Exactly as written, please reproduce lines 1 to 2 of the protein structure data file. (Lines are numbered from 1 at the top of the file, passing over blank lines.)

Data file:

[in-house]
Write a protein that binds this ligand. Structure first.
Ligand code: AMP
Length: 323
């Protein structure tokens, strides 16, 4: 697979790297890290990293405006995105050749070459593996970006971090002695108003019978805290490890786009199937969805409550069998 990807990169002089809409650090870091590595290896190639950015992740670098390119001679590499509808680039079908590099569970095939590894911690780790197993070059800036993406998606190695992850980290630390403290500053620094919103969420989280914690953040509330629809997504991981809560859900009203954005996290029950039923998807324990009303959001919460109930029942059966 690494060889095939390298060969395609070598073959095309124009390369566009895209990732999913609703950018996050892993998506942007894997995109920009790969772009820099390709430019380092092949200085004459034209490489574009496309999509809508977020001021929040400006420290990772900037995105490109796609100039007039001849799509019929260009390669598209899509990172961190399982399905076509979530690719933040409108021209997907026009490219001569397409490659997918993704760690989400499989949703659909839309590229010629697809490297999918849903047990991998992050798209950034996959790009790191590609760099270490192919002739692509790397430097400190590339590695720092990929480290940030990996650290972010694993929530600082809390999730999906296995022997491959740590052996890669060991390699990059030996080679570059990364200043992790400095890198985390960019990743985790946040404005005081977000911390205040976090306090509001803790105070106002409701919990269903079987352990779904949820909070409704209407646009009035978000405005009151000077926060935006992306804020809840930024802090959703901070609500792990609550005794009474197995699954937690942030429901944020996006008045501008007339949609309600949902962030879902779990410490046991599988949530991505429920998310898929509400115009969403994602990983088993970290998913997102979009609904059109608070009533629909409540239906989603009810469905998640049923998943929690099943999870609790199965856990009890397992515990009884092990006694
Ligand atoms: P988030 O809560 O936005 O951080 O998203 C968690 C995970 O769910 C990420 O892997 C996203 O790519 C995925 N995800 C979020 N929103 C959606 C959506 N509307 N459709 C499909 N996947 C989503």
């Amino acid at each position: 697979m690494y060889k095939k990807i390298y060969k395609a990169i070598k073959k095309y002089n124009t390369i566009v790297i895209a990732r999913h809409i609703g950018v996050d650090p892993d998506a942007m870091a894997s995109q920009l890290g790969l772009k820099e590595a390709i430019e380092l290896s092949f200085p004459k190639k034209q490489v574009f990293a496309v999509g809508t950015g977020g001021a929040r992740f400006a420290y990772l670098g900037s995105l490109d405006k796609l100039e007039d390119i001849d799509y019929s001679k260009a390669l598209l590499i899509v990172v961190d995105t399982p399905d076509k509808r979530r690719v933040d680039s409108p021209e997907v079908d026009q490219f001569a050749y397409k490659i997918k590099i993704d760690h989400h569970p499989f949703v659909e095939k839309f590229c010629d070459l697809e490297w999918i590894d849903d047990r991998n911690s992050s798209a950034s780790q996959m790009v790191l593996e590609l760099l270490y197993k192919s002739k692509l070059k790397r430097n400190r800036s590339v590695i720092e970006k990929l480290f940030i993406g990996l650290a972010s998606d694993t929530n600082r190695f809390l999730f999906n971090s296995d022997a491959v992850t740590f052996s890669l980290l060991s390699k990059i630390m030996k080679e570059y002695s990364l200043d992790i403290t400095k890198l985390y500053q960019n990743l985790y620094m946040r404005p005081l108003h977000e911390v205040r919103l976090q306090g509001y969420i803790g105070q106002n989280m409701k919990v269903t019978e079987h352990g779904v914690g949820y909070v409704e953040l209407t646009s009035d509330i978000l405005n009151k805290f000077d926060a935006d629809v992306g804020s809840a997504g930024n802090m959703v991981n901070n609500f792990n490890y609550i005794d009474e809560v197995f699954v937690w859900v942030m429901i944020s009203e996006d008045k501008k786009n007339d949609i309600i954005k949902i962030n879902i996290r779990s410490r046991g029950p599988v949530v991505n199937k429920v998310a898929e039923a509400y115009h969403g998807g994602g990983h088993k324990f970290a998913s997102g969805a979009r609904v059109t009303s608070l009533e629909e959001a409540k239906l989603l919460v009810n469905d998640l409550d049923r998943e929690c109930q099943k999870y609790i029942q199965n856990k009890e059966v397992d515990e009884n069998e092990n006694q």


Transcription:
[in-house]
Write a protein that binds this ligand. Structure first.